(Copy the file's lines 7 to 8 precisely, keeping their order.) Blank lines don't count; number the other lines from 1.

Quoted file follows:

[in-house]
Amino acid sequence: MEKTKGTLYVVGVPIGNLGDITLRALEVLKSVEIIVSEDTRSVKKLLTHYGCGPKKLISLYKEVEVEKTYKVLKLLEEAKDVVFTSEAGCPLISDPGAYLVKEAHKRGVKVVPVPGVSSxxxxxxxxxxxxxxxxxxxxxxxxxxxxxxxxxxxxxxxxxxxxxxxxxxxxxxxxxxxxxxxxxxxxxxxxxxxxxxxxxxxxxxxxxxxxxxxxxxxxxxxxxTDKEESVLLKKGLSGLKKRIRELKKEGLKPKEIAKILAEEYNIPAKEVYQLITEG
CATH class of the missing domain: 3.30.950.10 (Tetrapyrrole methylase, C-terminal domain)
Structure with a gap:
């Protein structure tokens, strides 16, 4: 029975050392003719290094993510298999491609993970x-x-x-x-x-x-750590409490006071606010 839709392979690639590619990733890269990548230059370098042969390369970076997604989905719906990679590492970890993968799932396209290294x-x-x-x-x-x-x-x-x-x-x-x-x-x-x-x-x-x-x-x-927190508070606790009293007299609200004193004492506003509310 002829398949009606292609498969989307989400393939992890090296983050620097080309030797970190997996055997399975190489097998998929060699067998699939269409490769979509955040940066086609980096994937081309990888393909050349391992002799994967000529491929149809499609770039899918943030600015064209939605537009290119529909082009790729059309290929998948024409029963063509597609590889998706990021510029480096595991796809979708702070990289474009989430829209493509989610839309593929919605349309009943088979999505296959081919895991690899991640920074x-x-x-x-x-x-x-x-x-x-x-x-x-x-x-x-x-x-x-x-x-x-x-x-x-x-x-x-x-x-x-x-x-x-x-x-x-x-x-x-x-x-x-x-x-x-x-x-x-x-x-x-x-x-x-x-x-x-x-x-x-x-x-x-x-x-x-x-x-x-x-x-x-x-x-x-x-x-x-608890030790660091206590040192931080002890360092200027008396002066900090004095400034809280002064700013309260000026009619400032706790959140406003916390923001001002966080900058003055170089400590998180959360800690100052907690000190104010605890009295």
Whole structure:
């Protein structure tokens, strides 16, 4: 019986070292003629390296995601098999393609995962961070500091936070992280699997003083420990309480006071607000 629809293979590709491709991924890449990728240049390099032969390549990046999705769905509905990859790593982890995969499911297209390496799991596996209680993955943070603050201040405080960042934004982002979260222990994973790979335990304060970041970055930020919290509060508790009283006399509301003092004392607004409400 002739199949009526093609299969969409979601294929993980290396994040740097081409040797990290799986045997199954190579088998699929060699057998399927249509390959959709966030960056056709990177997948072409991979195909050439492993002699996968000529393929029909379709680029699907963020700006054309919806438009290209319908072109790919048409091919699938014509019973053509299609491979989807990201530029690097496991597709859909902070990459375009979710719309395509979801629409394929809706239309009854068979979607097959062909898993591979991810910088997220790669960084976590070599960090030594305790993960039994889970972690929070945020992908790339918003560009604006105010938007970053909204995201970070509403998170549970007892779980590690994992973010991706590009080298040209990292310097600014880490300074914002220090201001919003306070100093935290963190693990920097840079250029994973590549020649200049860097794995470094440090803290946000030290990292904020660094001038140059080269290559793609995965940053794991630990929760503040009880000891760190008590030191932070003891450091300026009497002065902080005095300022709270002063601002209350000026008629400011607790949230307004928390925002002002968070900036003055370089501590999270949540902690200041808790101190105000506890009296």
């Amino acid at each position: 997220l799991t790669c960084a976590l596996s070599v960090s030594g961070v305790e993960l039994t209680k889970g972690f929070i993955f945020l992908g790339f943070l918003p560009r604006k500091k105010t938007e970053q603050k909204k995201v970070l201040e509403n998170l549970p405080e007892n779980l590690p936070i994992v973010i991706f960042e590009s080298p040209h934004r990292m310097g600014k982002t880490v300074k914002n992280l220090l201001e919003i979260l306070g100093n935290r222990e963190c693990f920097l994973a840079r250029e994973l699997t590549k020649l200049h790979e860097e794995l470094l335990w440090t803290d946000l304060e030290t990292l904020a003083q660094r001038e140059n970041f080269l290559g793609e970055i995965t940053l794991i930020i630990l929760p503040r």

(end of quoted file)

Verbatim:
């Protein structure tokens, strides 16, 4: 019986070292003629390296995601098999393609995962961070500091936070992280699997003083420990309480006071607000 629809293979590709491709991924890449990728240049390099032969390549990046999705769905509905990859790593982890995969499911297209390496799991596996209680993955943070603050201040405080960042934004982002979260222990994973790979335990304060970041970055930020919290509060508790009283006399509301003092004392607004409400 002739199949009526093609299969969409979601294929993980290396994040740097081409040797990290799986045997199954190579088998699929060699057998399927249509390959959709966030960056056709990177997948072409991979195909050439492993002699996968000529393929029909379709680029699907963020700006054309919806438009290209319908072109790919048409091919699938014509019973053509299609491979989807990201530029690097496991597709859909902070990459375009979710719309395509979801629409394929809706239309009854068979979607097959062909898993591979991810910088997220790669960084976590070599960090030594305790993960039994889970972690929070945020992908790339918003560009604006105010938007970053909204995201970070509403998170549970007892779980590690994992973010991706590009080298040209990292310097600014880490300074914002220090201001919003306070100093935290963190693990920097840079250029994973590549020649200049860097794995470094440090803290946000030290990292904020660094001038140059080269290559793609995965940053794991630990929760503040009880000891760190008590030191932070003891450091300026009497002065902080005095300022709270002063601002209350000026008629400011607790949230307004928390925002002002968070900036003055370089501590999270949540902690200041808790101190105000506890009296």
């Amino acid at each position: 997220l799991t790669c960084a976590l596996s070599v960090s030594g961070v305790e993960l039994t209680k889970g972690f929070i993955f945020l992908g790339f943070l918003p560009r604006k500091k105010t938007e970053q603050k909204k995201v970070l201040e509403n998170l549970p405080e007892n779980l590690p936070i994992v973010i991706f960042e590009s080298p040209h934004r990292m310097g600014k982002t880490v300074k914002n992280l220090l201001e919003i979260l306070g100093n935290r222990e963190c693990f920097l994973a840079r250029e994973l699997t590549k020649l200049h790979e860097e794995l470094l335990w440090t803290d946000l304060e030290t990292l904020a003083q660094r001038e140059n970041f080269l290559g793609e970055i995965t940053l794991i930020i630990l929760p503040r």